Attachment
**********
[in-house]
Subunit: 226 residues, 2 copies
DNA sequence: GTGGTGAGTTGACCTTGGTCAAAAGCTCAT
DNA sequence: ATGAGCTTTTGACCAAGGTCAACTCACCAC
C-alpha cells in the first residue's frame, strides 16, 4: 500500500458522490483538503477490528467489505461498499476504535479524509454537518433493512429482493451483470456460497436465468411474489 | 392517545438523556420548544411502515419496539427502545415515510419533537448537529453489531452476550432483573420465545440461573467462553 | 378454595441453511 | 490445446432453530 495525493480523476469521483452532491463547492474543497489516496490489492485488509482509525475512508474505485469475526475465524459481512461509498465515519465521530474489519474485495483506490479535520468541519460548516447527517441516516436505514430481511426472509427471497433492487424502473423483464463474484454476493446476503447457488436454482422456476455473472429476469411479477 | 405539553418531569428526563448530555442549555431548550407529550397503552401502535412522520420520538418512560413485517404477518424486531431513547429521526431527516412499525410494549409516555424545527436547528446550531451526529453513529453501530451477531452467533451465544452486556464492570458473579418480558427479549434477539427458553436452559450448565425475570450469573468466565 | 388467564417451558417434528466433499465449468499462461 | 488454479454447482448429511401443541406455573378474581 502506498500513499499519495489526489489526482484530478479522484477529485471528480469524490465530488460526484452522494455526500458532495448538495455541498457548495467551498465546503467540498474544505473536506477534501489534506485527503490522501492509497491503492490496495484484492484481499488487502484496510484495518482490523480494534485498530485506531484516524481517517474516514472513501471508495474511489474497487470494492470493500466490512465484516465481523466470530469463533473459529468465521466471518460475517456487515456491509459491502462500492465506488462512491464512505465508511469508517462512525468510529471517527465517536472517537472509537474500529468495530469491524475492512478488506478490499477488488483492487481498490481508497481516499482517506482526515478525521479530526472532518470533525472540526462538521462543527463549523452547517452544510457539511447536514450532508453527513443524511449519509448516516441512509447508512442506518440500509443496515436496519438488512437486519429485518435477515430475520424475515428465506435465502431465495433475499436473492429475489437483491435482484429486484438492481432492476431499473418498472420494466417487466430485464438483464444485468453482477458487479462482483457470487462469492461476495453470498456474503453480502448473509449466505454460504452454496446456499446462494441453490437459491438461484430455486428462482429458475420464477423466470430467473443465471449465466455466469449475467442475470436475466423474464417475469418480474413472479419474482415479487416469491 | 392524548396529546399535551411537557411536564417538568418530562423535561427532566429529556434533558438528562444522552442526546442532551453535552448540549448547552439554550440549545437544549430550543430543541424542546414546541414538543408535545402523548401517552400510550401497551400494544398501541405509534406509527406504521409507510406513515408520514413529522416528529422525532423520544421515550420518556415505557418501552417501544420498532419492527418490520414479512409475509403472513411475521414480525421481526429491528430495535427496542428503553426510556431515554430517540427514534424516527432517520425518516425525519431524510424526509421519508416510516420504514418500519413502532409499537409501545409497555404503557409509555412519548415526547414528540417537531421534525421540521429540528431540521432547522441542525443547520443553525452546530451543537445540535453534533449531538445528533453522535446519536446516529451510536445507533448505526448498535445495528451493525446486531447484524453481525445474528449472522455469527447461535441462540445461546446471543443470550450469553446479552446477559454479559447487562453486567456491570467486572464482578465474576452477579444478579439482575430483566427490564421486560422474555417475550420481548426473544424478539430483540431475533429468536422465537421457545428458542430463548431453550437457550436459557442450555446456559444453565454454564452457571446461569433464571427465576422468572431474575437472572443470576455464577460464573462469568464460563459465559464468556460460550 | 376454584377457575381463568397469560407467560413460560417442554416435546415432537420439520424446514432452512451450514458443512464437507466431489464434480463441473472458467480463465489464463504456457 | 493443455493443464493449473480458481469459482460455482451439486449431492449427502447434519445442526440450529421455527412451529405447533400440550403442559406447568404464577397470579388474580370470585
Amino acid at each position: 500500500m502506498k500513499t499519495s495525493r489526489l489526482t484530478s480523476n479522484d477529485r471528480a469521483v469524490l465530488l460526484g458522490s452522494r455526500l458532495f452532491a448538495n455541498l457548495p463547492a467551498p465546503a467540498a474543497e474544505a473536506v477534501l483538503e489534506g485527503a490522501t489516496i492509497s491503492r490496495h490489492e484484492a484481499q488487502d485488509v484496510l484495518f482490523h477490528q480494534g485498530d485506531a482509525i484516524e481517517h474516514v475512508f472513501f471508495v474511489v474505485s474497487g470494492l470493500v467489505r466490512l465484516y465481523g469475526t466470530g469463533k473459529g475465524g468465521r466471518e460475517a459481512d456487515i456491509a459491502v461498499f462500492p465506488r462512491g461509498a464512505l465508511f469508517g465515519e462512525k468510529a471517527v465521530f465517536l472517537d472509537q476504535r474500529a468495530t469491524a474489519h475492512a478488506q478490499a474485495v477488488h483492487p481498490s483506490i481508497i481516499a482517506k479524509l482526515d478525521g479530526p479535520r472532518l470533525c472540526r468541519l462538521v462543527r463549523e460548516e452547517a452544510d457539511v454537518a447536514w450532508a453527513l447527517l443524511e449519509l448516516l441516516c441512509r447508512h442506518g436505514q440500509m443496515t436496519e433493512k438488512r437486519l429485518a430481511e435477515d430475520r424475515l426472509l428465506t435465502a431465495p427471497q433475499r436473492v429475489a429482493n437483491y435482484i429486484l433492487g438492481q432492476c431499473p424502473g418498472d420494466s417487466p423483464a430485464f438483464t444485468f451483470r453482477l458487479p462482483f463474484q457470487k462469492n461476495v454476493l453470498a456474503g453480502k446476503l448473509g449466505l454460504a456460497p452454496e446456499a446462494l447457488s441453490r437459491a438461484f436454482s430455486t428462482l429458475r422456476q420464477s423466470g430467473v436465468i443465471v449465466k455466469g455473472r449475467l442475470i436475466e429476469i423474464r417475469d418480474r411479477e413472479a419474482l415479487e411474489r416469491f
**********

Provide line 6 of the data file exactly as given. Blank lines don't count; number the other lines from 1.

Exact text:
Amino acid at each position: 500500500m502506498k500513499t499519495s495525493r489526489l489526482t484530478s480523476n479522484d477529485r471528480a469521483v469524490l465530488l460526484g458522490s452522494r455526500l458532495f452532491a448538495n455541498l457548495p463547492a467551498p465546503a467540498a474543497e474544505a473536506v477534501l483538503e489534506g485527503a490522501t489516496i492509497s491503492r490496495h490489492e484484492a484481499q488487502d485488509v484496510l484495518f482490523h477490528q480494534g485498530d485506531a482509525i484516524e481517517h474516514v475512508f472513501f471508495v474511489v474505485s474497487g470494492l470493500v467489505r466490512l465484516y465481523g469475526t466470530g469463533k473459529g475465524g468465521r466471518e460475517a459481512d456487515i456491509a459491502v461498499f462500492p465506488r462512491g461509498a464512505l465508511f469508517g465515519e462512525k468510529a471517527v465521530f465517536l472517537d472509537q476504535r474500529a468495530t469491524a474489519h475492512a478488506q478490499a474485495v477488488h483492487p481498490s483506490i481508497i481516499a482517506k479524509l482526515d478525521g479530526p479535520r472532518l470533525c472540526r468541519l462538521v462543527r463549523e460548516e452547517a452544510d457539511v454537518a447536514w450532508a453527513l447527517l443524511e449519509l448516516l441516516c441512509r447508512h442506518g436505514q440500509m443496515t436496519e433493512k438488512r437486519l429485518a430481511e435477515d430475520r424475515l426472509l428465506t435465502a431465495p427471497q433475499r436473492v429475489a429482493n437483491y435482484i429486484l433492487g438492481q432492476c431499473p424502473g418498472d420494466s417487466p423483464a430485464f438483464t444485468f451483470r453482477l458487479p462482483f463474484q457470487k462469492n461476495v454476493l453470498a456474503g453480502k446476503l448473509g449466505l454460504a456460497p452454496e446456499a446462494l447457488s441453490r437459491a438461484f436454482s430455486t428462482l429458475r422456476q420464477s423466470g430467473v436465468i443465471v449465466k455466469g455473472r449475467l442475470i436475466e429476469i423474464r417475469d418480474r411479477e413472479a419474482l415479487e411474489r416469491f